In this task, we have to search through a giant file that was created using
We’re greeted with the following instructions at the top of the terminal:
Howdy howdy! Mind helping me with this homew- er, challenge? Someone ran nmap -oG on a big network and produced this bigscan.gnmap file. The quizme program has the questions and hints and, incidentally, has NOTHING to do with an Elf University assignment. Thanks! Answer all the questions in the quizme executable: - What port does 188.8.131.52 have open? - What port does 184.108.40.206 have open? - How many hosts appear "Up" in the scan? - How many hosts have a web port open? (Let's just use TCP ports 80, 443, and 8080) - How many hosts with status Up have no (detected) open TCP ports? - What's the greatest number of TCP ports any one host has open? Check out bigscan.gnmap and type quizme to answer each question.
-oG flag in nmap specifies the output to be formatted in a way that makes grepping through it easier.
What port does 220.127.116.11 have open?
Let’s just cat out the file and grep for the ip address to see what we get:
cat bigscan.gnmap | grep 18.104.22.168
the output looks like this:
Host: 22.214.171.124 () Status: Up Host: 126.96.36.199 () Ports: 62078/open/tcp//iphone-sync/// Ignored State: closed (999)
We can see that only port 62078 is open.
we can submit this answer by running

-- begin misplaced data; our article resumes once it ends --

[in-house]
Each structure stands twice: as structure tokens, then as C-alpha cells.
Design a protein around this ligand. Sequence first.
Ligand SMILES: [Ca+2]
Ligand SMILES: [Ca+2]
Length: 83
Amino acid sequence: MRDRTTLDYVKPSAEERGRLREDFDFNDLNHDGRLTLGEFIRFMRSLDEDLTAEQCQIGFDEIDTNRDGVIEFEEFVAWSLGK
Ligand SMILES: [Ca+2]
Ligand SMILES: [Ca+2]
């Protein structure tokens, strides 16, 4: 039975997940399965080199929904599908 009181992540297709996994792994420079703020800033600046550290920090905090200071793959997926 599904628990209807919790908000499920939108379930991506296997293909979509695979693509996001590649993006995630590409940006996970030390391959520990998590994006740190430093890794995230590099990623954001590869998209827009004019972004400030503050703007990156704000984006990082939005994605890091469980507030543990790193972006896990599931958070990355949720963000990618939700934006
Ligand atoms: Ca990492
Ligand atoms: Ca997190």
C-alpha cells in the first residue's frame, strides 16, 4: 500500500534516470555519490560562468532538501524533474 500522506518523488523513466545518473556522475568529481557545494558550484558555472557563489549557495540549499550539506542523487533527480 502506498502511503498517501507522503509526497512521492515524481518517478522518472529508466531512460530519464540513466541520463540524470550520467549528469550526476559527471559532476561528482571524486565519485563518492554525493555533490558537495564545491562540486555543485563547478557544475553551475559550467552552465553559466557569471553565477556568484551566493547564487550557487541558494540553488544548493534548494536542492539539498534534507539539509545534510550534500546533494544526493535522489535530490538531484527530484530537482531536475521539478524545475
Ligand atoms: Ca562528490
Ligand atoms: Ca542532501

quizme in the console.
What port does 188.8.131.52 have open?
Let’s run that same command, but with this new IP:
cat bigscan.gnmap | grep 184.108.40.206
Host: 220.127.116.11 () Status: Up Host: 18.104.22.168 () Ports: 8080/open/tcp//http-proxy/// Ignored State: filtered (999)
This time port 8080 is open
How many hosts appear “Up” in the scan?
Now we have to count the total number of occurences of something using grep. For this we can use the
cat bigscan.gnmap | grep -c 'Status: Up'
How many hosts have a web port open? (Let’s just use TCP ports 80, 443, and 8080)
For this, we’ll use a regular expression to search for either
8080, followed by
/open and count the results.
cat bigscan.gnmap | grep -c -E '(80|443|8080)/open'
How many hosts with status Up have no (detected) open TCP ports?
We already know from the 3rd question how many hosts we have that are up (26054), so all we need to figure out is how many hosts have some port open. Then we just do this:\[TotalHosts - HostsWithOpenPorts = HostsWithNoOpenPorts\]
to find the number of hosts with open ports, we can just find the number of lines where
cat bigscan.gnmap | grep -c '/open'
therefore: \(HostsWithNoOpenPorts = 26054 - 25652 = 402\)
What’s the greatest number of TCP ports any one host has open?
This one was a bit trickier. It’s tough to get grep to do this just on its own. I ended up doing it the “dumb” way. (Although if it’s dumb and it works, is it really dumb?)
I ended up creating a bash script for this:
max=0 cat bigscan.gnmap | while read line do temp=$( echo $line | grep -o '/open' | wc -l) if (($temp>$max)) then max=$temp echo $max fi done
basically what it does is feed the file line-by-line into grep, which then counts the total number of occurences in that line and stores that in a temporary variable. It then compares that to the current maximum. If it is greater than the current max, it changes the max and prints it out.
Putting this all into one line so we can just copy it into the terminal:
max=0; cat bigscan.gnmap | while read line; do temp=$( echo $line | grep -o '/open' | wc -l); if (($temp>$max)); then max=$temp; echo $max; fi; done
Running it in the terminal yeilds the following output:
5 6 9 10 11 12
12 is the last maximum it spit out, so that is our answer.
This takes a while to run, but it works.